Speaking of coaches trying to turn a program around, I’m noticing that Erik Johnson has Boston College off to a 7-1 start.

So far so good for Georgia, who stand a 8-1, having passed their first test. Speaking of tests: Point guard Marjorie Butler is redefining “student-athlete”

The Georgia Bulldogs came home last week from a Thanksgiving tournament in Southern California on an overnight flight that got them there early Monday morning. After landing, everyone headed home or to class except senior point guard Marjorie Butler.

She stayed at the airport to catch another flight – to Virginia, to interview for medical school. After that, she flew to Tennessee for another interview with a school the following day.

Wednesday night, Butler put in 7 points, dished 5 assists and grabbed 4 rebounds in Georgia’s home win over Mercer.

Extra air miles aside, it was a pretty typical week for the 22-year-old starter, who will graduate next spring with two degrees before beginning her quest to be an orthopedic doctor.

Oregon’s rising: Mark Campbell’s tireless approach helping Oregon women’s basketball turn corner

Louisville’s recovering: Psychology keeps Cards women ‘above the line’

Cortnee Walton acknowledges that not everyone believes in the benefits of sports psychology, but the Louisville women’s basketball veteran does, and she credits it for the Cardinals’ recent bounce back from a 1-4 start.

U of L topped then-No. 19 Michigan State last week before routing Valparaiso on Saturday, victories that set up Walton and company with some momentum heading into Thursday’s game at No. 8 Kentucky.

Break my record? I’ll come to your party: Banham to be Honored.

Prior to tipoff against Memphis on Saturday, the Gopher women’s basketball program will recognize Rachel Banham for breaking the Minnesota career scoring record. Former record holder Lindsay Whalen will be part of the ceremony. The game will begin at 2 p.m. at Williams Arena.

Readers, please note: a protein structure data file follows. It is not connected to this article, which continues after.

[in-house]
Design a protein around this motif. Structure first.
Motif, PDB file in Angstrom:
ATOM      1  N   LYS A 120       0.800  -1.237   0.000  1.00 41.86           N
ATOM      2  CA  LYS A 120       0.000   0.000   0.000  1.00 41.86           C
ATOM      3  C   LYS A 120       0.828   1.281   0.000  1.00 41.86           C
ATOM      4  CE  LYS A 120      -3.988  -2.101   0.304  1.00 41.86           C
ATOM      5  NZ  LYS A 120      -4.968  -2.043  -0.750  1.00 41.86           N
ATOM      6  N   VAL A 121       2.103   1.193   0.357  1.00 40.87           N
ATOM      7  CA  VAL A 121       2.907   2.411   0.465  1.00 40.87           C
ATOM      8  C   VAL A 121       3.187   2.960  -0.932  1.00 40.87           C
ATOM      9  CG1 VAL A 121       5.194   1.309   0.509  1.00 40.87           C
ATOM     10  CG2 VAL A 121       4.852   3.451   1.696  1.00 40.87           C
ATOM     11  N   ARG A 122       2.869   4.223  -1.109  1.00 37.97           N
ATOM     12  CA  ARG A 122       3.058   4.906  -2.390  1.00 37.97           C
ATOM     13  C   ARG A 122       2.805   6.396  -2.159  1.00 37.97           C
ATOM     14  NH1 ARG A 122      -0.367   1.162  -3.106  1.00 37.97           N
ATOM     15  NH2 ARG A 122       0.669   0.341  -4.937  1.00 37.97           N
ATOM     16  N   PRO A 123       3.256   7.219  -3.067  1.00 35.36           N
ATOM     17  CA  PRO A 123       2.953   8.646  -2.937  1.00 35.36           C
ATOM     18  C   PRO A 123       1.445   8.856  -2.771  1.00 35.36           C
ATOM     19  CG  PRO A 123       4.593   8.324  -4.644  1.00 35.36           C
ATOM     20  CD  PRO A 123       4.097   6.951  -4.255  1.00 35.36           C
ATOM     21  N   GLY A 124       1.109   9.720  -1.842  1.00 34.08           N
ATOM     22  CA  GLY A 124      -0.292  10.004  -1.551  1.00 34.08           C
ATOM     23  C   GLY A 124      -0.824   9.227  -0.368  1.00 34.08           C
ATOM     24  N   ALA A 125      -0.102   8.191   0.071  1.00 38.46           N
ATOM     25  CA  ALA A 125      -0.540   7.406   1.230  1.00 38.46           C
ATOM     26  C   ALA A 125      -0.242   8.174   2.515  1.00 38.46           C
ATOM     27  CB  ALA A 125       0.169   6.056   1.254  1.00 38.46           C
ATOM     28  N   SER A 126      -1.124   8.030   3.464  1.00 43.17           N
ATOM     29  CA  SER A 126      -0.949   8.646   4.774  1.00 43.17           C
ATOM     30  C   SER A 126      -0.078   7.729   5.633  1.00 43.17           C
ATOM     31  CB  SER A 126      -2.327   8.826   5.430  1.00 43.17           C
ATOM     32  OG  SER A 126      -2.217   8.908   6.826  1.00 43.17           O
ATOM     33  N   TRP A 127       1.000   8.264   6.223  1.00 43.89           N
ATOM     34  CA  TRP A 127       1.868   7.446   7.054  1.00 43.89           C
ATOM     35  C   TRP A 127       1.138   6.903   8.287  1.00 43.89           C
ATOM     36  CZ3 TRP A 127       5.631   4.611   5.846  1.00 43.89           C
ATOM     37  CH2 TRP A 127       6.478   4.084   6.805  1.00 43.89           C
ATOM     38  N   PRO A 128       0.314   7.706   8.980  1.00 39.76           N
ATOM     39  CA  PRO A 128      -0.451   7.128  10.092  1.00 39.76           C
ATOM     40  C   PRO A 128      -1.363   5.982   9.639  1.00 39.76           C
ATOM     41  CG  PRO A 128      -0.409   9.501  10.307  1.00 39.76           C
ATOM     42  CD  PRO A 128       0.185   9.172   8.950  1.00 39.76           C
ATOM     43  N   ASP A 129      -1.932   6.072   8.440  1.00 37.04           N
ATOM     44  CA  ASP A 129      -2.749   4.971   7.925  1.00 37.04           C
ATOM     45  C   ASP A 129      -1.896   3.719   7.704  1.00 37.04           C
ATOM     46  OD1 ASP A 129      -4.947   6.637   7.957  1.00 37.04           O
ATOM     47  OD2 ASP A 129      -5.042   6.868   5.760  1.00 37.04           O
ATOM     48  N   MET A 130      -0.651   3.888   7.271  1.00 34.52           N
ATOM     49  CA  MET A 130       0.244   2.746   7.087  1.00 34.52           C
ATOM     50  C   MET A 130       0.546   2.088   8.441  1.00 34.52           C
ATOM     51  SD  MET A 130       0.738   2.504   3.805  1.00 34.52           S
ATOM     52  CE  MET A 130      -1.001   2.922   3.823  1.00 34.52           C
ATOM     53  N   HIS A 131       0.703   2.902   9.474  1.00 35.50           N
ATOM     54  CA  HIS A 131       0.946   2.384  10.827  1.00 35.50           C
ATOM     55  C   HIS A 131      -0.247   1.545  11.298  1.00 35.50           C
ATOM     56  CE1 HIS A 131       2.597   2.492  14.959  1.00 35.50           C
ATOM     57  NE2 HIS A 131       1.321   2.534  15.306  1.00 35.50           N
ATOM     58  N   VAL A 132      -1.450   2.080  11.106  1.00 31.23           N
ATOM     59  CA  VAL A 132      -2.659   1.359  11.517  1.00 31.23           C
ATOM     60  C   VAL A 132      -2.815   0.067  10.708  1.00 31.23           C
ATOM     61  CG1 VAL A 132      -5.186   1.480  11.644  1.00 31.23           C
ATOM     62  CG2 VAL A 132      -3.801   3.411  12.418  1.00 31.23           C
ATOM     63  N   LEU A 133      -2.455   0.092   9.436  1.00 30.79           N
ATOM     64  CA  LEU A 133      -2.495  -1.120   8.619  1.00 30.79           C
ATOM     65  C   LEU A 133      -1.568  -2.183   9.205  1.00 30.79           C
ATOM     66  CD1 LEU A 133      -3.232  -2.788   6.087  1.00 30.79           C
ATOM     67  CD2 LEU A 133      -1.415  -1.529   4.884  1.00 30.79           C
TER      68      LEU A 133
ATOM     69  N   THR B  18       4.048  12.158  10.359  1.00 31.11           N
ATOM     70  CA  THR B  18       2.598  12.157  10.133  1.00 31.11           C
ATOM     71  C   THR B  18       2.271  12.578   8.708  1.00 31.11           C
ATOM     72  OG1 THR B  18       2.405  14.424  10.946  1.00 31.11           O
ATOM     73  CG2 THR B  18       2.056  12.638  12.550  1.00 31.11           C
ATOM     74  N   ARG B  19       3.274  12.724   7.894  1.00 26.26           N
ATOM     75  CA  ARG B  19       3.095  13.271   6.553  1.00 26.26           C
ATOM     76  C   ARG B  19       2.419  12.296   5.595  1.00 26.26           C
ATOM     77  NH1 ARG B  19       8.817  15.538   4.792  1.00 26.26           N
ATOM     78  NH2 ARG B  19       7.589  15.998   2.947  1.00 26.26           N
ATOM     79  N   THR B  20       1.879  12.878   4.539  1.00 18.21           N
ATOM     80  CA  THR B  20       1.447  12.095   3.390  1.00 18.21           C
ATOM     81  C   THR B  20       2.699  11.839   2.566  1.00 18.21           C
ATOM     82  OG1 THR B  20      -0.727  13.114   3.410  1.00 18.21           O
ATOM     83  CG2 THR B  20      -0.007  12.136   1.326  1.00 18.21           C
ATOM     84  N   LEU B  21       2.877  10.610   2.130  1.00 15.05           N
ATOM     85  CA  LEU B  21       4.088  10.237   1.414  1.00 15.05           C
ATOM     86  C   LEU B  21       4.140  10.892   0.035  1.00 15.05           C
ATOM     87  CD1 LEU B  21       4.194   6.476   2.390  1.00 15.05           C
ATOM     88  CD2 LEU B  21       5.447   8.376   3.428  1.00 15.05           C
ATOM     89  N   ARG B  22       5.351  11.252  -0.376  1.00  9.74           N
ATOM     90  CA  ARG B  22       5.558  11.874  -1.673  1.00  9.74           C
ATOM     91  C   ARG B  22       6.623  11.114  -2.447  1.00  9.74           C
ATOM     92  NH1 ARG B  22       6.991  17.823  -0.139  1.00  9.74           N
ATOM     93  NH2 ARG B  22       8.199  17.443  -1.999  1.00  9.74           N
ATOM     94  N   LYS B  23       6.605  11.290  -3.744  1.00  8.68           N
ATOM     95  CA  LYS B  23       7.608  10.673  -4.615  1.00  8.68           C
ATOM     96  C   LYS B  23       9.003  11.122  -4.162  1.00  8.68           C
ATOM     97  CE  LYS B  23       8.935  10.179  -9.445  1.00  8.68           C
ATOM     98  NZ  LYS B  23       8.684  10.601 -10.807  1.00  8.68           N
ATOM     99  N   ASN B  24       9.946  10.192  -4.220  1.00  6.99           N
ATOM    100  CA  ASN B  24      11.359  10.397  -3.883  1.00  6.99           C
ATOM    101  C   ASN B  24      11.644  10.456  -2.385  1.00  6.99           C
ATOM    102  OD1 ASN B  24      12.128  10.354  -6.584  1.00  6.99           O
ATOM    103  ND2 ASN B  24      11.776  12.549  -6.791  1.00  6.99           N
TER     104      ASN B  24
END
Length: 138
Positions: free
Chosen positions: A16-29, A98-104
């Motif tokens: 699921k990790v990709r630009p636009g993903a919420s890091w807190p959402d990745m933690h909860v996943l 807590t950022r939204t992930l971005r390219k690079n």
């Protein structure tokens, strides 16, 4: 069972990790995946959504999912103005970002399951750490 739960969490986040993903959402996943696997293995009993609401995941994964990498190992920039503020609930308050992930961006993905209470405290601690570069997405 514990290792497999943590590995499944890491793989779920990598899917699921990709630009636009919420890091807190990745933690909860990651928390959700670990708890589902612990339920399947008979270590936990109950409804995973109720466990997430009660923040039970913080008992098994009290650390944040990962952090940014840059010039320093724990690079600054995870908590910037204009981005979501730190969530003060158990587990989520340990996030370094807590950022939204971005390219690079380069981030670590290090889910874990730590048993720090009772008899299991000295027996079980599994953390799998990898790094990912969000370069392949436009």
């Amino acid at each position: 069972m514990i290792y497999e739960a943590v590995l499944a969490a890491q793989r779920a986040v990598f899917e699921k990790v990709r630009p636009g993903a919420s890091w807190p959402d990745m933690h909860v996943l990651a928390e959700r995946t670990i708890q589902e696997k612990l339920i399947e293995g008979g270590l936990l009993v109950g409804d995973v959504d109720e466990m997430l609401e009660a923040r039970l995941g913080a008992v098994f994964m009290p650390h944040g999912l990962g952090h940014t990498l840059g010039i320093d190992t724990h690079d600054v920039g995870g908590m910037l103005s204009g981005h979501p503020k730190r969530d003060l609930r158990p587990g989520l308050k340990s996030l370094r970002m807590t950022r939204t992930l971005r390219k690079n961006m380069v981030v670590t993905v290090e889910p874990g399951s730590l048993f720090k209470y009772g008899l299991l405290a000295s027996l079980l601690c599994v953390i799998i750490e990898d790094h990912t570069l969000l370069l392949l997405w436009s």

Banham passed Whalen’s total of 2,285 points during the Gophers’ game against Auburn in Puerto Rico. She has tallied 2,349 points entering the matchup with the Tigers.

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Curt Rallo ‏@rallo_NDinsider 9m
ND source tells S.B. Tribune that Natalie Achonwa @NatAchon has ACL tear in left knee and will not play in Final Four for @ndwbb.

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that “knee” and “injured” struck from the women’s basketball lexicon?

MRI today for Natalie.

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So, I’d posit that upsets in the Sweet Sixteen are less likely, especially if you’ve had upsets in the 32, simply because the disparity in talent (on the court – height and speed in particular) is still wonky in the women’s game. But, that didn’t stop Maryland and North Carolina. And BYU sure gave it a shot.

BYU was composed and confident and UConn was out of sorts in the first half but, eventually, the Huskies got their act together and dismissed the Cougars, 70-51.

The Terps looked as if they belonged and Alyssa was dominant. Tennessee was unimaginative on defense and single-minded on offense. The result? The #1 Vols go down, 73-62, and Maryland moves on.

The Carolinas engaged in a messy, physical game. The Gamecocks couldn’t pull it together in the last few minutes, and so the most questioned #1 seed goes home, and North Caroline keeps on dancin’.